It never fails to etch a smirk on my face whenever I recall the old wives’ warning: “Steer clear of relations with the opposite sex. It spells trouble, especially when initiated early.” And Defoe’s Moll Flanders calls that to mind. Moll’s men clearly defined her years as a wife, a mistress, a whore and as a thief from the time she had her first love to the point when her marriage to the banker ended.
If we examine the novel at an arm’s length, we know that Moll’s life is a documentation of survival and isolation – her inclination towards crime is just a byproduct of the two. She starts out as an orphan and remains alone throughout the bulk of the story despite her countless relationships, which cannot exactly be described as romantic as they are heterosexual (Defoe, Moll Flanders, section 1). Early on Moll is left to her own devices and learn from, often, unforgiving experiences. Thus it can be held true that she learned her own set of morals from the men she encountered.
From her first love, sparked by the elder of the two brothers in the family that took her in after her nurse died, she learns that there are “Mischiefs which attend an early Knowledge of [their] own Beauty,” referring to the likeliness of a young woman taken for granted by a more experienced man (Defoe, Moll Flanders, section 2). One, in the end, can’t be fooled if one isn’t, as they say. From her first affair, Moll learns that she should have been more practical instead of hasty. It was what appeared to have more concerned her instead of the fact that it was premarital and thus considered immoral during that period.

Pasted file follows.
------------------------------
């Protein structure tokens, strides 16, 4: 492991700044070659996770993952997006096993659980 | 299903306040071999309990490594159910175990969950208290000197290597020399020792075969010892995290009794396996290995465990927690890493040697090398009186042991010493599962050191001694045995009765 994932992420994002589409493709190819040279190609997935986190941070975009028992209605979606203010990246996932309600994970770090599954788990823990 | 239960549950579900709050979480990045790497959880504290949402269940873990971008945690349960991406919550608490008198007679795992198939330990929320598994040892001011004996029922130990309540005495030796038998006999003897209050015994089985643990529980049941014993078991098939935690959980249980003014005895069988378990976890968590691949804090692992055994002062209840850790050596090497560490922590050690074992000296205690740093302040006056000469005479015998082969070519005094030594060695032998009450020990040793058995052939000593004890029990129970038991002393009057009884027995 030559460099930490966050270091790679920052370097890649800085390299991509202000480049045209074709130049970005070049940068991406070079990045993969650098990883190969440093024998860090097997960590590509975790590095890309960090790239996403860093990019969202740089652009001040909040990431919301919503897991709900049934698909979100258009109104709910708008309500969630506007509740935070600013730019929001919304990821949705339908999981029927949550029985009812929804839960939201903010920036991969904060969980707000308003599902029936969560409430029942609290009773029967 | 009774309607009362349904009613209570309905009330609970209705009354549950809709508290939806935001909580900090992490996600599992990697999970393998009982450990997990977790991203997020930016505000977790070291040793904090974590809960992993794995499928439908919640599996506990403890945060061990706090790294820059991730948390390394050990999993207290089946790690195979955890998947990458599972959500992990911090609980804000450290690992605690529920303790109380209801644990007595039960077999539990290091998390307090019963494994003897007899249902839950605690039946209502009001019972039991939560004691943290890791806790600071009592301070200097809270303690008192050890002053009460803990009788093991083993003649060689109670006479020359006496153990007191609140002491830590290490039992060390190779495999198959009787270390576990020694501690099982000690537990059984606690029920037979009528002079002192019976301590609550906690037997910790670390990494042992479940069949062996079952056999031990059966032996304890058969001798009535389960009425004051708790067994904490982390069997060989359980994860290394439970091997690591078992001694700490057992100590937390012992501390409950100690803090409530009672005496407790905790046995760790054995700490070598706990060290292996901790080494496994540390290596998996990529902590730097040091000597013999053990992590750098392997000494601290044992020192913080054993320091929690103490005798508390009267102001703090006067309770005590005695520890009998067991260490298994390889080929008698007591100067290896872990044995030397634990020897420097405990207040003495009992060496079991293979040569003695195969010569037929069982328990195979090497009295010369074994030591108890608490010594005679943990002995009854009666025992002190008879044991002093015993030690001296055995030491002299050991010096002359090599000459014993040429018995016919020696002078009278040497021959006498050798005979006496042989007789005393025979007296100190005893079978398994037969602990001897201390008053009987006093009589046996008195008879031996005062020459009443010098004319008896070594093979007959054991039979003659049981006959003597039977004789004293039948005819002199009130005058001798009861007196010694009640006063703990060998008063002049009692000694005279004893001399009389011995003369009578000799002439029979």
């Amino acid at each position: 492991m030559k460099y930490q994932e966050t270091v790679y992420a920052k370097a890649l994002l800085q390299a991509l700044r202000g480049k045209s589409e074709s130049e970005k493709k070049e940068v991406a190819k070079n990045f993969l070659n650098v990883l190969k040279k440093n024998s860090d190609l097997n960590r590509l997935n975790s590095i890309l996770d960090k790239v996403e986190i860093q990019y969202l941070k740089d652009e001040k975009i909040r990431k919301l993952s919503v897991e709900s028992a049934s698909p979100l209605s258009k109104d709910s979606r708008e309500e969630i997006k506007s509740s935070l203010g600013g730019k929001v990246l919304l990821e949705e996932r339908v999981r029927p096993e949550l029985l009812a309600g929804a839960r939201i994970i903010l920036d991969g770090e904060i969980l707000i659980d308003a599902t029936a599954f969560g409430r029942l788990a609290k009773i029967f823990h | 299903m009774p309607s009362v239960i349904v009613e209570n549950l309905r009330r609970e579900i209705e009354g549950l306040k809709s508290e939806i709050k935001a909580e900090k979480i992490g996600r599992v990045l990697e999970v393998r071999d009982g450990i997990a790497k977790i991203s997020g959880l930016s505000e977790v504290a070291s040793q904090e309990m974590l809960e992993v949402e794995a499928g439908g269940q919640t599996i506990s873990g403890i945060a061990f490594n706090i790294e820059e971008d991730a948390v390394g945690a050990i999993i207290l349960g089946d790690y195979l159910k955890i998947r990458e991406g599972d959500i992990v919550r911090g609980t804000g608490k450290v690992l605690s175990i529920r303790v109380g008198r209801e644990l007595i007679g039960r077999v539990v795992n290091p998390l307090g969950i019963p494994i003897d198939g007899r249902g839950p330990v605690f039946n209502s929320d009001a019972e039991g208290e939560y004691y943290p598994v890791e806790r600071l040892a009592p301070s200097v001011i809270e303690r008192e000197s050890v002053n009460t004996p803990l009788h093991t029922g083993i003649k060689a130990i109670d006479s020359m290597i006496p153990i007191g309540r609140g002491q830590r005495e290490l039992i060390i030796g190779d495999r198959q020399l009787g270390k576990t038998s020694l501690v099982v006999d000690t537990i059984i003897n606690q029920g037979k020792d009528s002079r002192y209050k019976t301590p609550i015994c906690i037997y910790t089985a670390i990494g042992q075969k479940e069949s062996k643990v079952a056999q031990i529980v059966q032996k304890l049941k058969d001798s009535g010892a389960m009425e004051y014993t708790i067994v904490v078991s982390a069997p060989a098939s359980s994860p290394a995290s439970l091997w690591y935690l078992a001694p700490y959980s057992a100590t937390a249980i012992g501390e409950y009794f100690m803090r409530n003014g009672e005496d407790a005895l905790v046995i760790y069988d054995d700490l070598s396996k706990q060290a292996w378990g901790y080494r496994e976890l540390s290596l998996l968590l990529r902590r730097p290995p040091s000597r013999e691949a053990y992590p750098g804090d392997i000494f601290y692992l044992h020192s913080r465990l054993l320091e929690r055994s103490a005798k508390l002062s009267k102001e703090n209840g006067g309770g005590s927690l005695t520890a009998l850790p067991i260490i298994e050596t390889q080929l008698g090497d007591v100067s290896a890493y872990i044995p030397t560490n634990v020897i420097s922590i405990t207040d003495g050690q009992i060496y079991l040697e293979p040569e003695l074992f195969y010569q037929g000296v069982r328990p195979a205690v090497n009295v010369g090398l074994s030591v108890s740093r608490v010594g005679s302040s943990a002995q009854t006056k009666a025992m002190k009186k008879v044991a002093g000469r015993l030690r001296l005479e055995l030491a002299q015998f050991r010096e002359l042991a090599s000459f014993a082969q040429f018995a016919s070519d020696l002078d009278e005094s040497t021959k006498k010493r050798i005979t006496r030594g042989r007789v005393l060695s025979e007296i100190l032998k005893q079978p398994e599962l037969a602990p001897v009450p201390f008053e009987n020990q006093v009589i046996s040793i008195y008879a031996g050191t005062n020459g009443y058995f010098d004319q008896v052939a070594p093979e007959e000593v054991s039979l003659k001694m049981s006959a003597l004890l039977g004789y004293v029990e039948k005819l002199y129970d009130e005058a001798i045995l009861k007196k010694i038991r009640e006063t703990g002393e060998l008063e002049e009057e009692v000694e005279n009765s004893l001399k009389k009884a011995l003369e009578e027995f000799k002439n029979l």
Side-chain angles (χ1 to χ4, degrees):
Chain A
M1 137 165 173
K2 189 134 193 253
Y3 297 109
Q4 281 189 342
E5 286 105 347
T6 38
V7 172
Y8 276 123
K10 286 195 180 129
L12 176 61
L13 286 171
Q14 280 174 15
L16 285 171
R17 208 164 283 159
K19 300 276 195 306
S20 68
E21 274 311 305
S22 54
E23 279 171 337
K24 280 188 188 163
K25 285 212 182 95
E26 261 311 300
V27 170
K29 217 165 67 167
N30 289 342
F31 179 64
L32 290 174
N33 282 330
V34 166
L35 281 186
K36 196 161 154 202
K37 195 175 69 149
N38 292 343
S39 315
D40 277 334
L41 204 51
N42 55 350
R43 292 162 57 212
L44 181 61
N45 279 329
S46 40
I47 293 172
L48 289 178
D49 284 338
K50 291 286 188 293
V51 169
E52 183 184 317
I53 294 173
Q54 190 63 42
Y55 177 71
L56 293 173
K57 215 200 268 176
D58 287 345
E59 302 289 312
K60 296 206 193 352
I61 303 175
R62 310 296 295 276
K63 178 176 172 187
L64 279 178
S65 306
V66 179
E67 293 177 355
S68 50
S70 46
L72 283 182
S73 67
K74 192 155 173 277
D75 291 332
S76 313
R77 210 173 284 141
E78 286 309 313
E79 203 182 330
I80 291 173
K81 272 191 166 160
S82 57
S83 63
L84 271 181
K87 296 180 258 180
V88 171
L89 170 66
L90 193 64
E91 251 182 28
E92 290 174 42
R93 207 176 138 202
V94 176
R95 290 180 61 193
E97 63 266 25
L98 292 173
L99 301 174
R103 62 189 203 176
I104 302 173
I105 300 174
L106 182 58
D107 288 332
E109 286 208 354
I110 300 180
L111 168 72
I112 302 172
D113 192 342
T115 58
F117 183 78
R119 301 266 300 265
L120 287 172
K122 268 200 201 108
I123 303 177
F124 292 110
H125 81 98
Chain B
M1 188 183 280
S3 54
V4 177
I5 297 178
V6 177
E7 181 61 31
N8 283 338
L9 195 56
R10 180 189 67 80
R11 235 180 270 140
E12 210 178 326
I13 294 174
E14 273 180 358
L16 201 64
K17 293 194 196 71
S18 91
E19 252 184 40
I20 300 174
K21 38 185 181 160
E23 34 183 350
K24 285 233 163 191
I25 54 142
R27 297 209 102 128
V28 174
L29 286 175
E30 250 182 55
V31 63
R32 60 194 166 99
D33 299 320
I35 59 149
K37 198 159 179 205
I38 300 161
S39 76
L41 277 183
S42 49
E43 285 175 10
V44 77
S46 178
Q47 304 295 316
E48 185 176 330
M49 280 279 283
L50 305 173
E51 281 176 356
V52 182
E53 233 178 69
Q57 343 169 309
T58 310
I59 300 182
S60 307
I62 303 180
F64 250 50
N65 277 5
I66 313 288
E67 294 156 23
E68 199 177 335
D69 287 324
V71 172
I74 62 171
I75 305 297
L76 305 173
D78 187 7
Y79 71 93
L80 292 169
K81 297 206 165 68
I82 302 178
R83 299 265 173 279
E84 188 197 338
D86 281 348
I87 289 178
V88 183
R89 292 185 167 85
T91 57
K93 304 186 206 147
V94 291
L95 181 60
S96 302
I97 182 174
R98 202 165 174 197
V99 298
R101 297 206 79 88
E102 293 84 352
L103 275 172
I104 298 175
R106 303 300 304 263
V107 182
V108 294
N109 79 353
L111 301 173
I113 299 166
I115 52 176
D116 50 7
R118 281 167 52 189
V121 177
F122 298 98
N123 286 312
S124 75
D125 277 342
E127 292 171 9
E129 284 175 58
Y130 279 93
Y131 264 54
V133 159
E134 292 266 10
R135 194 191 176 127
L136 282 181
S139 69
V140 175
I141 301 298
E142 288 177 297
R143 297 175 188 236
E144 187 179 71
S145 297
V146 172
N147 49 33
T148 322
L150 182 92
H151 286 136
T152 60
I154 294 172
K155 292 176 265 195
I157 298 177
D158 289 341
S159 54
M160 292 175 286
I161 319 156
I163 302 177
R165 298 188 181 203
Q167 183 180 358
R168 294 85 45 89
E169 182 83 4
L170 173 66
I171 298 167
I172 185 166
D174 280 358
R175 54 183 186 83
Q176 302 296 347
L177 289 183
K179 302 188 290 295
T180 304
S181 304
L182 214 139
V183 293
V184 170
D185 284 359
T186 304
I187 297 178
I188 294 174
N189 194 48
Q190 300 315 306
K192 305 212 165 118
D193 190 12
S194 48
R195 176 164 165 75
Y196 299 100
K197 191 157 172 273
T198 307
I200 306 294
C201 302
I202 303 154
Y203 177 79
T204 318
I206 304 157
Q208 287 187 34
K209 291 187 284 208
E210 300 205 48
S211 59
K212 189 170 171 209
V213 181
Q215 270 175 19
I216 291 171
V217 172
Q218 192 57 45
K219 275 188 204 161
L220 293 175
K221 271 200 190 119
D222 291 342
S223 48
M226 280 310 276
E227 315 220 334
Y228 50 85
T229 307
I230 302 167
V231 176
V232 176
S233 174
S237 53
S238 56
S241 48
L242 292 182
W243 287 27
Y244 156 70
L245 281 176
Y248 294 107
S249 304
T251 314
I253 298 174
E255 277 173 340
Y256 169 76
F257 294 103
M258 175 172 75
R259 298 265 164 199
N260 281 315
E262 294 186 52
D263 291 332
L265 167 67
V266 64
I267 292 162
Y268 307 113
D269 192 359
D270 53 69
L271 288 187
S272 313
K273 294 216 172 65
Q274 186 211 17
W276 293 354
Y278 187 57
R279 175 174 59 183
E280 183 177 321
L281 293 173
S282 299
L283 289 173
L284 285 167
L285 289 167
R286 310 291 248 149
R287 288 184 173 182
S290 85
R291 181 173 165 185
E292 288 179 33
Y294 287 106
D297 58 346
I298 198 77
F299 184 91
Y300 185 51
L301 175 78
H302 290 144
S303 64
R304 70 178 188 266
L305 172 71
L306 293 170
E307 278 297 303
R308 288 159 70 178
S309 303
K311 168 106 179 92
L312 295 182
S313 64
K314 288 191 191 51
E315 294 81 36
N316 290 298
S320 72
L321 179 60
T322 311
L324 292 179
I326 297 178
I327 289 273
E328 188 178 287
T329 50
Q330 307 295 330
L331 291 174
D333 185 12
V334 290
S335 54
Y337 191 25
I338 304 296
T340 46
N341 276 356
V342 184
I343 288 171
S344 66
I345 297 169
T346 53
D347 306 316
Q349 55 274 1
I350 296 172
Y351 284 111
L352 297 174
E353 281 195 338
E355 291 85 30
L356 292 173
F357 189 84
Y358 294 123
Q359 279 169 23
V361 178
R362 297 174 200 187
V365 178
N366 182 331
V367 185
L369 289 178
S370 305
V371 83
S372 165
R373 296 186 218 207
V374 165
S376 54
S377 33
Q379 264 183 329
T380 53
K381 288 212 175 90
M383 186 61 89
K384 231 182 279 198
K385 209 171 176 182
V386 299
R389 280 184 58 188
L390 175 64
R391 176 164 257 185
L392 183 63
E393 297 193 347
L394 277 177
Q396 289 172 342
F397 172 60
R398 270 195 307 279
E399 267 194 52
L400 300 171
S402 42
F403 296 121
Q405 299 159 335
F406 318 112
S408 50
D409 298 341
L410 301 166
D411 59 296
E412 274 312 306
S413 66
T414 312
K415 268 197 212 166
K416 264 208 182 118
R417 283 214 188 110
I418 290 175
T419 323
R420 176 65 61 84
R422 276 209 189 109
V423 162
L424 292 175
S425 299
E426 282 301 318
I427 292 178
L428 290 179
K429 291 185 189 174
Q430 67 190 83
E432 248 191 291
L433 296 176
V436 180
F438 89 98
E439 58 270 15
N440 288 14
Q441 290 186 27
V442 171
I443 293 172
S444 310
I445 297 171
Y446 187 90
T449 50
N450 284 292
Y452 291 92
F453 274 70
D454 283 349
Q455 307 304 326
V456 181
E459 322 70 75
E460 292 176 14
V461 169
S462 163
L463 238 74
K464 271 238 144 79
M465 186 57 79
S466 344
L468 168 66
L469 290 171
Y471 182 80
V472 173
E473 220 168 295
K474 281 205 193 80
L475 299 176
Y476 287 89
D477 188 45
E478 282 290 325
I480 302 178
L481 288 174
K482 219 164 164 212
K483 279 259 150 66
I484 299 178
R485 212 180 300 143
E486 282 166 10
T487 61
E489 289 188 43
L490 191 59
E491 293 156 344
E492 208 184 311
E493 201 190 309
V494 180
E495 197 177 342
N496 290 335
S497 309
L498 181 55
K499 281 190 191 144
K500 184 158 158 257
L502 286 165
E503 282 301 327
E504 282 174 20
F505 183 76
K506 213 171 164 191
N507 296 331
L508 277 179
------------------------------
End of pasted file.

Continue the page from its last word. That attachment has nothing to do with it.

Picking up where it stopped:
Her brief marriage with the Draper moved Moll to consider herself with “a Husband, and no Husband” when he disappeared to France in his attempt to avoid the law (Defoe, Moll Flanders, section 3). The alliance taught her always move forward and pretend that a recent painful past never happened. Moll did so by donning different made-up identities to make people believe that she still has a fortune to spare which in turn would make her appear more marketable as a wife, for the purpose of security. This is the manner how she secured her third husband (Defoe, Moll Flanders, section 3). Unfortunately, this marriage ended up with her in the same predicament as the one with the Draper when she discovers that she married her half-brother.
This view of marriage as an alliance of security rather than of love is further affirmed when she became the mistress of a married man whose wife has gone mad when Moll confesses that “that from the first hour I began to converse with him, I resolv’d to let him lye with me if he offer’d it; but it was because I wanted his help and assistance, and I knew no other way of securing him than that” (Defoe, Moll Flanders, section 4). It is at this point that she becomes most conscious about saving money for the rainy days, “knowing well enough that such things as these do not always continue, that Men that keep mistresses often change them, grow weary of them or Jealous of them, or something or other happens to make them withdraw their Bounty” which was often the case (Defoe, Moll Flanders, section 4). In this recourse, she justified committing adultery just as she would have her premarital relations with her first lover had she been more careful before as she is now.